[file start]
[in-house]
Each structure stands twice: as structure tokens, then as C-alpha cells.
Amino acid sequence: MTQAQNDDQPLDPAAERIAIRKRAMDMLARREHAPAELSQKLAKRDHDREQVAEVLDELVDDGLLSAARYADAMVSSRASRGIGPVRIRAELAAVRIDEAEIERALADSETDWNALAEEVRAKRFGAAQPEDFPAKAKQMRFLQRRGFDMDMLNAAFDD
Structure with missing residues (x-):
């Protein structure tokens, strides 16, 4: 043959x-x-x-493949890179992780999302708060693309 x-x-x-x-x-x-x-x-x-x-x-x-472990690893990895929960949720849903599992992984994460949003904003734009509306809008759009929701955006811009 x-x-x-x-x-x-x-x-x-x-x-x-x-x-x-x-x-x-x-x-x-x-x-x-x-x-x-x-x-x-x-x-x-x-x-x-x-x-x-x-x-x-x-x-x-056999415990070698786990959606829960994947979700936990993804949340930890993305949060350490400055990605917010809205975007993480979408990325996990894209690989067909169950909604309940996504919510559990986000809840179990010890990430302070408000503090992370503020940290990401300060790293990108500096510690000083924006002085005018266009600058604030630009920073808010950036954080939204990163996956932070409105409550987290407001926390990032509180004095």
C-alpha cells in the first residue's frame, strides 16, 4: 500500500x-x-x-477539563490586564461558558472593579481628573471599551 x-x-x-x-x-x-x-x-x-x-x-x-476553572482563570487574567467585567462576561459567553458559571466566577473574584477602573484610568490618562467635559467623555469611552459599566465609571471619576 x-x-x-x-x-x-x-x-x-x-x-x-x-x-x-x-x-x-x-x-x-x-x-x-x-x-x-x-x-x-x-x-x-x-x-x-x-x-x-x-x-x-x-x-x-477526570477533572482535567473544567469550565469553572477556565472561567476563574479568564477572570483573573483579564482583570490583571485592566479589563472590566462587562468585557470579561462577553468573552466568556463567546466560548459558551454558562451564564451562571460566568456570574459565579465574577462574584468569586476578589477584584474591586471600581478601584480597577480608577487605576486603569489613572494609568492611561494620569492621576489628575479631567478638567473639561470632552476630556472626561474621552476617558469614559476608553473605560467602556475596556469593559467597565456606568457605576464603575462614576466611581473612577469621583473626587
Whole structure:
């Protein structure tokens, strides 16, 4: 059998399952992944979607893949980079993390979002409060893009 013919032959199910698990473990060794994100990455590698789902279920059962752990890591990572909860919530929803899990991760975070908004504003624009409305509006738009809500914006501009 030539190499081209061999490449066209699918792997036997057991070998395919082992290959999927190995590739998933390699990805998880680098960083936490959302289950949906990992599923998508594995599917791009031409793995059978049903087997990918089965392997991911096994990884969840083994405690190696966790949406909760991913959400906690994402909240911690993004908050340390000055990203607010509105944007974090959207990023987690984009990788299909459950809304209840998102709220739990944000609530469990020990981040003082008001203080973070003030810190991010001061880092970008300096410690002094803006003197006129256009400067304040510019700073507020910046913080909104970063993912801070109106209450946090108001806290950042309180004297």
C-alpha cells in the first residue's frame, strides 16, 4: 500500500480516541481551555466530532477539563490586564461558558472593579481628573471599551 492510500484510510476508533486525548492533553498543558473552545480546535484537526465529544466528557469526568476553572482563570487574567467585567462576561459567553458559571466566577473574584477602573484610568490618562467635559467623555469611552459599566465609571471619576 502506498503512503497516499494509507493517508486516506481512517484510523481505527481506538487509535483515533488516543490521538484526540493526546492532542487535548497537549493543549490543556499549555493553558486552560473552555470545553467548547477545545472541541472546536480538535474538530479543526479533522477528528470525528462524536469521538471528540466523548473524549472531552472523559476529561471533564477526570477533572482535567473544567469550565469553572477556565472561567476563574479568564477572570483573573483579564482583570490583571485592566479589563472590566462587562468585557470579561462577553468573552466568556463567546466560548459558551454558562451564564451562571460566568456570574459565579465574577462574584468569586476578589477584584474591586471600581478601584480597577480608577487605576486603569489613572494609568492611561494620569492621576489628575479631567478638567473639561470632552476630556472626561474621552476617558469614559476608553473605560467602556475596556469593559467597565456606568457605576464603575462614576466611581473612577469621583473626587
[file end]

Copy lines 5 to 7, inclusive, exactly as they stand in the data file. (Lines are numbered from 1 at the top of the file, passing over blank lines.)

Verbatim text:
């Protein structure tokens, strides 16, 4: 043959x-x-x-493949890179992780999302708060693309 x-x-x-x-x-x-x-x-x-x-x-x-472990690893990895929960949720849903599992992984994460949003904003734009509306809008759009929701955006811009 x-x-x-x-x-x-x-x-x-x-x-x-x-x-x-x-x-x-x-x-x-x-x-x-x-x-x-x-x-x-x-x-x-x-x-x-x-x-x-x-x-x-x-x-x-056999415990070698786990959606829960994947979700936990993804949340930890993305949060350490400055990605917010809205975007993480979408990325996990894209690989067909169950909604309940996504919510559990986000809840179990010890990430302070408000503090992370503020940290990401300060790293990108500096510690000083924006002085005018266009600058604030630009920073808010950036954080939204990163996956932070409105409550987290407001926390990032509180004095």
C-alpha cells in the first residue's frame, strides 16, 4: 500500500x-x-x-477539563490586564461558558472593579481628573471599551 x-x-x-x-x-x-x-x-x-x-x-x-476553572482563570487574567467585567462576561459567553458559571466566577473574584477602573484610568490618562467635559467623555469611552459599566465609571471619576 x-x-x-x-x-x-x-x-x-x-x-x-x-x-x-x-x-x-x-x-x-x-x-x-x-x-x-x-x-x-x-x-x-x-x-x-x-x-x-x-x-x-x-x-x-477526570477533572482535567473544567469550565469553572477556565472561567476563574479568564477572570483573573483579564482583570490583571485592566479589563472590566462587562468585557470579561462577553468573552466568556463567546466560548459558551454558562451564564451562571460566568456570574459565579465574577462574584468569586476578589477584584474591586471600581478601584480597577480608577487605576486603569489613572494609568492611561494620569492621576489628575479631567478638567473639561470632552476630556472626561474621552476617558469614559476608553473605560467602556475596556469593559467597565456606568457605576464603575462614576466611581473612577469621583473626587
Whole structure: